n. A proposed safety standard for self-driving cars, based on the road etiquette of humans.
In 1909, when horseless carriages were all the rage, a magazine called Country Life in America advised new drivers on “the ethics of good roadmanship.” Motorists, it urged, should go slow to avoid spooking the animals pulling other vehicles.
Today we face a similar anxious transition with the advent of driverless carriages, and that quaint term, roadmanship, is back in circulation. A new Rand Corporation report, commissioned by Uber, revives the notion as a basis for long-overdue safety standards in autonomous vehicles.
Humans have to pass tests before they’re allowed behind the wheel, but there are still no comparable evaluations for computers. As a result, the report says, public streets have become a “living laboratory,” a dangerous experiment we didn’t consent to and can’t opt out of.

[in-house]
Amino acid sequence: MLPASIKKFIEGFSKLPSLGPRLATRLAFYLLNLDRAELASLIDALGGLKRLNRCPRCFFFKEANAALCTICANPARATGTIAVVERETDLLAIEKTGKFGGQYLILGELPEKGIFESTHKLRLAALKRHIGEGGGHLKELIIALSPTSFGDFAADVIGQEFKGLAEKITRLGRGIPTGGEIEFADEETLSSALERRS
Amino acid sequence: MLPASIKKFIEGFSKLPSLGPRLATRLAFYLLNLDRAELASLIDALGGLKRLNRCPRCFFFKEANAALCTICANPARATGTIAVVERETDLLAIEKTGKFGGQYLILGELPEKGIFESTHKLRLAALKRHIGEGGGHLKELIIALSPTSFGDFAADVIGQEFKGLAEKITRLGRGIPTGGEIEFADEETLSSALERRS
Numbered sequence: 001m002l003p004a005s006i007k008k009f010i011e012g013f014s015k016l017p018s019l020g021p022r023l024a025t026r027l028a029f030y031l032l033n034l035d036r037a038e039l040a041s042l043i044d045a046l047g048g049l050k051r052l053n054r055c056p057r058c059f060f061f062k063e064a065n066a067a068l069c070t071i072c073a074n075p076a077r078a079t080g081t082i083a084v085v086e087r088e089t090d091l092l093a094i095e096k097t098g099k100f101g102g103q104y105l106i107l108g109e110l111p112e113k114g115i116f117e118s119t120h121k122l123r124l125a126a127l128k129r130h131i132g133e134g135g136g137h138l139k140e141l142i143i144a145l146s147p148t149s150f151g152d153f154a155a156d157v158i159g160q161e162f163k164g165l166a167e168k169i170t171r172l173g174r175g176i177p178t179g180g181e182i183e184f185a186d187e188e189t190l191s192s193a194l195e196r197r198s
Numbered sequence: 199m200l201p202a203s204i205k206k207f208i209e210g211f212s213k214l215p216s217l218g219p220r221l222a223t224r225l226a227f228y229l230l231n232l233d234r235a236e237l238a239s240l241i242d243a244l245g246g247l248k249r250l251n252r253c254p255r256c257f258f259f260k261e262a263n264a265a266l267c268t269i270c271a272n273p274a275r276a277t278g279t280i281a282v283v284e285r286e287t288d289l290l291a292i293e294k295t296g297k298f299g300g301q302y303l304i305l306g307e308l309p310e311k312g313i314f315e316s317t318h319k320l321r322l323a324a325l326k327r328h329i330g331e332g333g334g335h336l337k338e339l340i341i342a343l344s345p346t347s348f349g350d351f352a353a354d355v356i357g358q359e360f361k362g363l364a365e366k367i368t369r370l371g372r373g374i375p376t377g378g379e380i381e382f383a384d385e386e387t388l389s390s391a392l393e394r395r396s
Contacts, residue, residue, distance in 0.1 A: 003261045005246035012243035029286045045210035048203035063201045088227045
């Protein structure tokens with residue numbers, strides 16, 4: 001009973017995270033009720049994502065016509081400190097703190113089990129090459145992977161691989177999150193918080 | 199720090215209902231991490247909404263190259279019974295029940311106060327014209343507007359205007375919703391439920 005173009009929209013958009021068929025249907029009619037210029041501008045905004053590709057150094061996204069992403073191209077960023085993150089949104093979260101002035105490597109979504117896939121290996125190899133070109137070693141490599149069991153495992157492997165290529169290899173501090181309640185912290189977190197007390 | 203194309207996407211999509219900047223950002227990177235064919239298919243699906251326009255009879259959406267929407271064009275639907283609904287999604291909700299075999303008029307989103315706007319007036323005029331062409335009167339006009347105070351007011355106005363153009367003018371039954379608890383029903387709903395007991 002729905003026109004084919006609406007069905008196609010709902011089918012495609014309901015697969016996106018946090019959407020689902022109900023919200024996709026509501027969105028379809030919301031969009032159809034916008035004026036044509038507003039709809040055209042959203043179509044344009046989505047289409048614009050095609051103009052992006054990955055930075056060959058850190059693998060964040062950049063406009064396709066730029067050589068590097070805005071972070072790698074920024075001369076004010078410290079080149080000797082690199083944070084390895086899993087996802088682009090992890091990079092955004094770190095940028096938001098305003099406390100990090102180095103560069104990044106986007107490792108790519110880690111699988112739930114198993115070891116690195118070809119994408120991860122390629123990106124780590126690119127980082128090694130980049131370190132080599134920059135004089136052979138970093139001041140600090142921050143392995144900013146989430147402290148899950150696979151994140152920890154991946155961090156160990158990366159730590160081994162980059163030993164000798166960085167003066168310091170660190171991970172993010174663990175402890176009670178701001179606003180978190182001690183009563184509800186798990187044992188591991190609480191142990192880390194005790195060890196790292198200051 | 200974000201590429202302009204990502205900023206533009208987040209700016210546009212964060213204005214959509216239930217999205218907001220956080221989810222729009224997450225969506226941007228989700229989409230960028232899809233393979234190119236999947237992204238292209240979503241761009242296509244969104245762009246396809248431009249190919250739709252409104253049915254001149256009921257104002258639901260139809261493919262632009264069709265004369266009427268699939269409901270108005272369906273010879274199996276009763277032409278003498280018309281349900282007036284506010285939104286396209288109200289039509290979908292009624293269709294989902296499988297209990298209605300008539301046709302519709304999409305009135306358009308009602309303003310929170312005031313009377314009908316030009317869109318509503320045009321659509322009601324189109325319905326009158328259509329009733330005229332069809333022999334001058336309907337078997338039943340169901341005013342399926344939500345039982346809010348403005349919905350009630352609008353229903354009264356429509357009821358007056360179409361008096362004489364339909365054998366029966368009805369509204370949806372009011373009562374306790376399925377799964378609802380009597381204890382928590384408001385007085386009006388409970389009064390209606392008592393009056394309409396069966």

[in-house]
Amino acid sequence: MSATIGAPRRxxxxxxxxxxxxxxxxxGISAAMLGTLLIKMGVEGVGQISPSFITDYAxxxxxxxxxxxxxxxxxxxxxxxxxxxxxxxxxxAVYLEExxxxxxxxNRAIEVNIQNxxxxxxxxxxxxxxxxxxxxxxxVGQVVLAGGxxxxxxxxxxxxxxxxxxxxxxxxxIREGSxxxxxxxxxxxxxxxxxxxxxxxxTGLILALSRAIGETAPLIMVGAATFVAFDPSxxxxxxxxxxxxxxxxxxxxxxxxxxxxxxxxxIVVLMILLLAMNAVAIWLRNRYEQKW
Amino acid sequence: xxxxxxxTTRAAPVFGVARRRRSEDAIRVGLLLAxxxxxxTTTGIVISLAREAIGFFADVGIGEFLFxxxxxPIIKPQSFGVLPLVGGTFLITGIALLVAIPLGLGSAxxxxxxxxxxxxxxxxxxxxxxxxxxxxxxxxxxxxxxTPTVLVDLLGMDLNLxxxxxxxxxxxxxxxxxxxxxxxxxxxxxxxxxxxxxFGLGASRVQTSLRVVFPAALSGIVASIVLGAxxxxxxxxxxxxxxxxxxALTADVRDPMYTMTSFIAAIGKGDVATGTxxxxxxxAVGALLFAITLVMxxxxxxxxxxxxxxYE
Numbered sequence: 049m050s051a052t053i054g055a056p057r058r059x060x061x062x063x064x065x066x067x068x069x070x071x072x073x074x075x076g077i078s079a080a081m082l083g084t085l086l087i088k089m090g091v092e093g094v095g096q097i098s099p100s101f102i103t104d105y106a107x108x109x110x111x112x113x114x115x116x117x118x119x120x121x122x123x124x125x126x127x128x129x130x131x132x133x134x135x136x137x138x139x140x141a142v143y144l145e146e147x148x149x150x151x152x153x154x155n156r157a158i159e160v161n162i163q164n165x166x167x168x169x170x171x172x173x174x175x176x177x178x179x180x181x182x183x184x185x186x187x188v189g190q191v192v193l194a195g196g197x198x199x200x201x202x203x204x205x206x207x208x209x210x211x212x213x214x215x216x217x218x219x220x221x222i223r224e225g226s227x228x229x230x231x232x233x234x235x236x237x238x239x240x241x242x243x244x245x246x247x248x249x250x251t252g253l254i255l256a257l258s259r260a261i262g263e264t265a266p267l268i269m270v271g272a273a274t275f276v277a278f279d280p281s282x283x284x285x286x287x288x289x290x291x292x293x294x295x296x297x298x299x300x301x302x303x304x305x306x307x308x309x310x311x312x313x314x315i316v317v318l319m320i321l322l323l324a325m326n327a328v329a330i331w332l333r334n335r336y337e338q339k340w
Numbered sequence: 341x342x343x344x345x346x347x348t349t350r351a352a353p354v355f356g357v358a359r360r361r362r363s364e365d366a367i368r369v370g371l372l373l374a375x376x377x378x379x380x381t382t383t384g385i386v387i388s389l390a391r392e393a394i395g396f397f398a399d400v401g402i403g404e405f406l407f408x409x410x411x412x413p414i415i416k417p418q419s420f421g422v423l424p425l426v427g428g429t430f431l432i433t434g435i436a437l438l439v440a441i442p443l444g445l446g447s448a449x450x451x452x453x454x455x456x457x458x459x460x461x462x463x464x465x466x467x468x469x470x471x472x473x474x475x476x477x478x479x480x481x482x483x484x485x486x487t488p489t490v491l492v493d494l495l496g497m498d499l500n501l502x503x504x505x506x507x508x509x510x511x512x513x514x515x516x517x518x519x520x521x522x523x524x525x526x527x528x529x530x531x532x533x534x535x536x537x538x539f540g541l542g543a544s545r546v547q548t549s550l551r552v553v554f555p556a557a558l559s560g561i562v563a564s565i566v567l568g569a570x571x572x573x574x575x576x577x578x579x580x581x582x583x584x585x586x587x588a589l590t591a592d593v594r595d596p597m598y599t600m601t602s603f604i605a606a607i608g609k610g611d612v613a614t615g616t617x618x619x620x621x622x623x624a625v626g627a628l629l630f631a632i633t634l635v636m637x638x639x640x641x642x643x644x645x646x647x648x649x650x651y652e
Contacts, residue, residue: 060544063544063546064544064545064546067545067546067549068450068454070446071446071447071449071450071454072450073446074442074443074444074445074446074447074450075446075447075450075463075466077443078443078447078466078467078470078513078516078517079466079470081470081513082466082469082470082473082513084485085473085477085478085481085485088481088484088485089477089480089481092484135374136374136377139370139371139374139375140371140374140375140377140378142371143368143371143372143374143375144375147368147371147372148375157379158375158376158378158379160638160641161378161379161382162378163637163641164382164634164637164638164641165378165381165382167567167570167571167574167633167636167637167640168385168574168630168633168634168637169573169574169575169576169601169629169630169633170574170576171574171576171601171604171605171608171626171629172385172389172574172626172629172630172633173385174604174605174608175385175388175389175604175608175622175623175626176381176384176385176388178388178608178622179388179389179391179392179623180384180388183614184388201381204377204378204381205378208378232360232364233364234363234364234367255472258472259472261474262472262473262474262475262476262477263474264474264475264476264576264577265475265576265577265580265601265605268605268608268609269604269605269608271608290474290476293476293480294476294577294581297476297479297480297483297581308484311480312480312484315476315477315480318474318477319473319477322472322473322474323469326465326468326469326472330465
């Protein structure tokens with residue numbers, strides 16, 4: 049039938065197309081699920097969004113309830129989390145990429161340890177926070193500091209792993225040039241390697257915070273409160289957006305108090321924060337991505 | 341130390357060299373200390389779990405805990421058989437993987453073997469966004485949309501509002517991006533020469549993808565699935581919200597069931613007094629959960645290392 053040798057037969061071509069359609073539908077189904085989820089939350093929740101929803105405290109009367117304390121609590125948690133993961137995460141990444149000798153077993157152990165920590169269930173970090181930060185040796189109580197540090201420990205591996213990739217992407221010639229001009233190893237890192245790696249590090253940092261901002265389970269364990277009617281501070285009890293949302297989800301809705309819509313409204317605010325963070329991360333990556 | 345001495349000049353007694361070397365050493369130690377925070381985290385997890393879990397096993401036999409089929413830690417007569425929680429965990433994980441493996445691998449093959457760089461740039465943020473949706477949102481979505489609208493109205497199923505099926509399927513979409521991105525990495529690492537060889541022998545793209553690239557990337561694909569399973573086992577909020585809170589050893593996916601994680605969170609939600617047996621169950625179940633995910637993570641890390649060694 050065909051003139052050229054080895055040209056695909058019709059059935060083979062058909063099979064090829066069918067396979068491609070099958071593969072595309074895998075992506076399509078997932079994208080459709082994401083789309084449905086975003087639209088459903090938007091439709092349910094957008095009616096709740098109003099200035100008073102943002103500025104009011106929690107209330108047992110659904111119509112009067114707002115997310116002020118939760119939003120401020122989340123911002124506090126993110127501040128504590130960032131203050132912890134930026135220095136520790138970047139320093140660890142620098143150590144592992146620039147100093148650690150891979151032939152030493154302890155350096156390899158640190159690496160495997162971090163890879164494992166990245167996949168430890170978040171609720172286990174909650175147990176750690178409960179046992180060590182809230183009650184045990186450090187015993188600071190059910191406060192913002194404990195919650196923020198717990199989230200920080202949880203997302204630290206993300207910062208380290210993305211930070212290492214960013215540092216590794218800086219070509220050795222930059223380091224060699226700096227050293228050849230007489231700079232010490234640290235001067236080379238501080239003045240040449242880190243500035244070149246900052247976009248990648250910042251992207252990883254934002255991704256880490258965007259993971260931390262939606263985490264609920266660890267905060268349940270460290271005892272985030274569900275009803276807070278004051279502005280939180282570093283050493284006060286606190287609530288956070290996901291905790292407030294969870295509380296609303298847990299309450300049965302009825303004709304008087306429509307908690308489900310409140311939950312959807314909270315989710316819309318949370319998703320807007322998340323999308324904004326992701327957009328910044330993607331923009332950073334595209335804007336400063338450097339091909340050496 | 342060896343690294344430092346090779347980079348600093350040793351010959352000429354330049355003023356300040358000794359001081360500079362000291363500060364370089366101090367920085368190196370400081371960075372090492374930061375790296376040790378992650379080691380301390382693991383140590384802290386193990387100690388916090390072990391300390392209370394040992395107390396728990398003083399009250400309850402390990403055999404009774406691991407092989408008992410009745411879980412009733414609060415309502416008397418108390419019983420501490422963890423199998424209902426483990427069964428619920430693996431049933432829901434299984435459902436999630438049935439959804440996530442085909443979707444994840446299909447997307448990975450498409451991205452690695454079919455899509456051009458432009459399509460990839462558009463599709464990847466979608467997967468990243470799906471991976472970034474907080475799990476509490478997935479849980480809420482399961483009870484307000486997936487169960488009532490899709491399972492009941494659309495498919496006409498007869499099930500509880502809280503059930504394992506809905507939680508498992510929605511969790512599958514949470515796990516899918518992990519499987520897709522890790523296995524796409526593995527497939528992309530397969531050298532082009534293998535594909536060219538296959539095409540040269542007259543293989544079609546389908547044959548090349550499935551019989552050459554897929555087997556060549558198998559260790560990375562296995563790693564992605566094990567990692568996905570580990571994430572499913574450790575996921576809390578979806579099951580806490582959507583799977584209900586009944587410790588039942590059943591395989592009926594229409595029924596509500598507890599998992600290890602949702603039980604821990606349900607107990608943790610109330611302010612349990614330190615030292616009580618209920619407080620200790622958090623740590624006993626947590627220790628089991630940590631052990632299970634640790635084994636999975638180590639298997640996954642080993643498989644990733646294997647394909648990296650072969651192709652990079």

So what does roadmanship mean today? According to Rand, it’s the ability to “play well with others”—things like reading the subtle cues that human drivers give one another, or noticing that a child on the sidewalk is bouncing a ball. The challenge will be quantifying such behavior, which people just do naturally, and teaching a machine to replicate it.
It’s significant that the authors define safety with a term having man at its root—a reminder that autonomous vehicles will, for years to come, share the road with human drivers, cyclists, and pedestrians. We’re the horses now. If the industry wants us to buy the future it’s selling, it better make sure we don’t get spooked.